Pioneering student project encourages voters to become ‘more sure’ about their choices ahead of the EU referendum
Published on: 25 May 2016
Student Nick Platt has invented leaveorstay, a digital platform to provide key information on leaving or staying in the EU
According to current statistics, voters are confused, with just 21 per cent of voters feeling ‘informed’ or ‘well informed’ about the referendum which is just weeks away. Among 18-24 year olds feel that figure decreases to 10 per cent who feel ‘well informed’ about the debate. However, voting intention remains high, suggesting people are planning to make a decision about what their country does with little available information.
A group of students based at the University of Exeter decided to do something to help their fellow undecided voters. Exeter student Nick Platt and a team of fellow computer science students invented leaveorstay, a digital platform to provide everyone with key, unbiased information to help decide which box to tick on the 23 June. Leave or Stay takes over 1000 hours worth of independent research on issues surrounding the EU, summarises and displays it in digestible five minute topic sections, to which voters react based on their thoughts and feelings. The website aims to inform 100,000 voters ahead of the referendum, a target that is “entirely achievable” according to Nick.
The platform has been built to offer a balanced and evidenced view on which voters can consider how they feel. Nick said: “Leaveorstay is not an echo chamber of a user’s existing thoughts; it’s designed to be a fair and honest assessment of the current state of affairs encompassing all elements, the so called good, bad and ugly. We view it like making sure you have a balanced diet, we wish we could live on junk food but that is bad for you, the same way that being trapped by information that only supports what you think is bad for you.”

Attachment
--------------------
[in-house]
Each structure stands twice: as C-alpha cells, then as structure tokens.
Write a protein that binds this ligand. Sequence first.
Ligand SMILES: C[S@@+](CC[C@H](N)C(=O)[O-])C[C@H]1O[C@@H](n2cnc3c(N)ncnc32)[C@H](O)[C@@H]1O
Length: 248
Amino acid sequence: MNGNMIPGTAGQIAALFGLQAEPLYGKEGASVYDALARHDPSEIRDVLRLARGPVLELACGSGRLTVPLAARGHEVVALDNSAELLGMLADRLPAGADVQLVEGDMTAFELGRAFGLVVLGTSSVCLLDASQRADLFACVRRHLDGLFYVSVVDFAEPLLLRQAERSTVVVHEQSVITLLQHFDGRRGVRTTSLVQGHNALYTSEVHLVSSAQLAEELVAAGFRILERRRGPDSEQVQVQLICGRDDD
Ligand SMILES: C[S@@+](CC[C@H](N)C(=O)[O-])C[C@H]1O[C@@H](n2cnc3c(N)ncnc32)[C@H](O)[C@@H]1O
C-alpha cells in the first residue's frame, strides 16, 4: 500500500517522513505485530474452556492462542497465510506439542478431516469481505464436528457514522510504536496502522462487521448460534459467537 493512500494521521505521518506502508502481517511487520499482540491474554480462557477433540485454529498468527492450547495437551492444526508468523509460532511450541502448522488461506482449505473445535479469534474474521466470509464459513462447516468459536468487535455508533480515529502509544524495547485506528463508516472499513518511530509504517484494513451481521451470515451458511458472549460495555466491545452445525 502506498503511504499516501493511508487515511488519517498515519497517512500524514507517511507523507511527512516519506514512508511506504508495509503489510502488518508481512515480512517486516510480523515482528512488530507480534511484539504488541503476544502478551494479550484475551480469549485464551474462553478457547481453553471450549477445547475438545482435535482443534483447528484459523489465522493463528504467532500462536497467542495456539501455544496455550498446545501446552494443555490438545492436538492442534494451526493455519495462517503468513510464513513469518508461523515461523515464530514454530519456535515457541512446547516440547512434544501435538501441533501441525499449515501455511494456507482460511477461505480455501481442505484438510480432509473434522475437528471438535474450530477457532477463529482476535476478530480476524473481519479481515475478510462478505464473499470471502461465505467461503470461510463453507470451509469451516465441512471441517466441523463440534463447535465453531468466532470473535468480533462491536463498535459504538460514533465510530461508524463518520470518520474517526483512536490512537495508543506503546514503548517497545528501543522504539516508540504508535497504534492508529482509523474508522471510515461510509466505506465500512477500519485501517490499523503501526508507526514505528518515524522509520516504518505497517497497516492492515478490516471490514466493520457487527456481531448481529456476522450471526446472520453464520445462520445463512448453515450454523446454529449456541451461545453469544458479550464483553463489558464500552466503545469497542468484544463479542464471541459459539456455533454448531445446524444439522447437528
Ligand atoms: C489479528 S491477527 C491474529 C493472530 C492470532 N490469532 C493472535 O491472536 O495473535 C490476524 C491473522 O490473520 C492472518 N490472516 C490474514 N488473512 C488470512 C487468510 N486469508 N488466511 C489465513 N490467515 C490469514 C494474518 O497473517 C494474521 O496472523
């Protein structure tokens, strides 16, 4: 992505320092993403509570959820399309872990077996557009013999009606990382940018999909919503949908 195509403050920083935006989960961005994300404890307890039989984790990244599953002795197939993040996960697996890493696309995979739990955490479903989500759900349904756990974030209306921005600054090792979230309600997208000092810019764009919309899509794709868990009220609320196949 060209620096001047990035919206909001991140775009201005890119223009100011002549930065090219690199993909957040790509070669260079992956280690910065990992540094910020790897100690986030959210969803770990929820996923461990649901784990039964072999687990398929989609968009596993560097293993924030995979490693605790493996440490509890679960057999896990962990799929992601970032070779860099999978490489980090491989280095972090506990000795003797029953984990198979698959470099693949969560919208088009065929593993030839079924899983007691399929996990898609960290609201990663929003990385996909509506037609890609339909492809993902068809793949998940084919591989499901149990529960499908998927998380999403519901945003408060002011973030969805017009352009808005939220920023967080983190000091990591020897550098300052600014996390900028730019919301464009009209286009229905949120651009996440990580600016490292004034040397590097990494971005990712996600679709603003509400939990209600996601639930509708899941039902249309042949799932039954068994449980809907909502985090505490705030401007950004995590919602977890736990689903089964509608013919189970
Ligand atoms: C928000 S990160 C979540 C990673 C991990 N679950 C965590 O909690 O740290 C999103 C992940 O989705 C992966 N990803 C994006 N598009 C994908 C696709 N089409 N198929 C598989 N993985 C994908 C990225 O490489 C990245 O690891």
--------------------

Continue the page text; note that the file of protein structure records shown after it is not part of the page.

Nick and the team have been supported by the University of Exeter, particularly by the Think:Try:Do: Student Startup Support program centred at the Innovation Centre, which has been able award a grant of £2,000 to the project. The University also made vital connections for the fledging team including introductions to former Exeter student Matthew Morley, Founder and Director of TickBox, a voter advice platform that has recently passed the two millionth user mark in 18 months and Professor Susan Banducci, Professor of Politics at the University. The combination of expert support with the grant funding have assisted Nick in creating a site that allows voters to get a clear and honest understanding about what they do and don’t like about the EU and the pros and cons of staying.
Nick, who says he is “nerdy, but not too nerdy”, was a computer enthusiast, fixing computers and helping people get the most out of technology when the politics bug hit. He started the project in February 2016. Nick is joined in the project by fellow first year computer science students Gareth Morgan, James Bache and Mark Berrow, aged between 18-19, who have to balance the project alongside coursework and exams.
Mark said: “I would never have classed myself as political. leaveorstay was a site essentially built for me. Without this site, I might not vote. I wouldn’t know which way to vote.”
The full website goes live on 23 May. If you would like to interview Nick Platt or any of his colleagues, please contact Matthew Morley: firstname.lastname@example.org.